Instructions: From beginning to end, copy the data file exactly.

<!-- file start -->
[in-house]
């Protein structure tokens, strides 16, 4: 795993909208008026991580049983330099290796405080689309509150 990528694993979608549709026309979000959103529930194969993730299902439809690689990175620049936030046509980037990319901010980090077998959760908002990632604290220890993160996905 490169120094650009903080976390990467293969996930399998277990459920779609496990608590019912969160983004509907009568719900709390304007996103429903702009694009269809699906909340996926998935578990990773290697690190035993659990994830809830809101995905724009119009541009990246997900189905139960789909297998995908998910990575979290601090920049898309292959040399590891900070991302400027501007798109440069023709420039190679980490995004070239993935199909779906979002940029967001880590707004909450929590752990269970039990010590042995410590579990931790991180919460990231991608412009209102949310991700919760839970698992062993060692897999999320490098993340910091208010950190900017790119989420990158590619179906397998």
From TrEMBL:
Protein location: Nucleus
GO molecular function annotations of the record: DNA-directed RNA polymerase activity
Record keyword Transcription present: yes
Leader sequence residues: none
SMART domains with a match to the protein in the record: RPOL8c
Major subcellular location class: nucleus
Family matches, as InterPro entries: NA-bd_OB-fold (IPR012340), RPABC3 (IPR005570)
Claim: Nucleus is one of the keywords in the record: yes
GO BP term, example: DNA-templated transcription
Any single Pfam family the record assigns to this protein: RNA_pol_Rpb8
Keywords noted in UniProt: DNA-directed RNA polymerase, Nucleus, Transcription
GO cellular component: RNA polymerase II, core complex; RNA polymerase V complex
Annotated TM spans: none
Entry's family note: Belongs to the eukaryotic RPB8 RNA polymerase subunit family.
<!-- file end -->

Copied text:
[in-house]
């Protein structure tokens, strides 16, 4: 795993909208008026991580049983330099290796405080689309509150 990528694993979608549709026309979000959103529930194969993730299902439809690689990175620049936030046509980037990319901010980090077998959760908002990632604290220890993160996905 490169120094650009903080976390990467293969996930399998277990459920779609496990608590019912969160983004509907009568719900709390304007996103429903702009694009269809699906909340996926998935578990990773290697690190035993659990994830809830809101995905724009119009541009990246997900189905139960789909297998995908998910990575979290601090920049898309292959040399590891900070991302400027501007798109440069023709420039190679980490995004070239993935199909779906979002940029967001880590707004909450929590752990269970039990010590042995410590579990931790991180919460990231991608412009209102949310991700919760839970698992062993060692897999999320490098993340910091208010950190900017790119989420990158590619179906397998």
From TrEMBL:
Protein location: Nucleus
GO molecular function annotations of the record: DNA-directed RNA polymerase activity
Record keyword Transcription present: yes
Leader sequence residues: none
SMART domains with a match to the protein in the record: RPOL8c
Major subcellular location class: nucleus
Family matches, as InterPro entries: NA-bd_OB-fold (IPR012340), RPABC3 (IPR005570)
Claim: Nucleus is one of the keywords in the record: yes
GO BP term, example: DNA-templated transcription
Any single Pfam family the record assigns to this protein: RNA_pol_Rpb8
Keywords noted in UniProt: DNA-directed RNA polymerase, Nucleus, Transcription
GO cellular component: RNA polymerase II, core complex; RNA polymerase V complex
Annotated TM spans: none
Entry's family note: Belongs to the eukaryotic RPB8 RNA polymerase subunit family.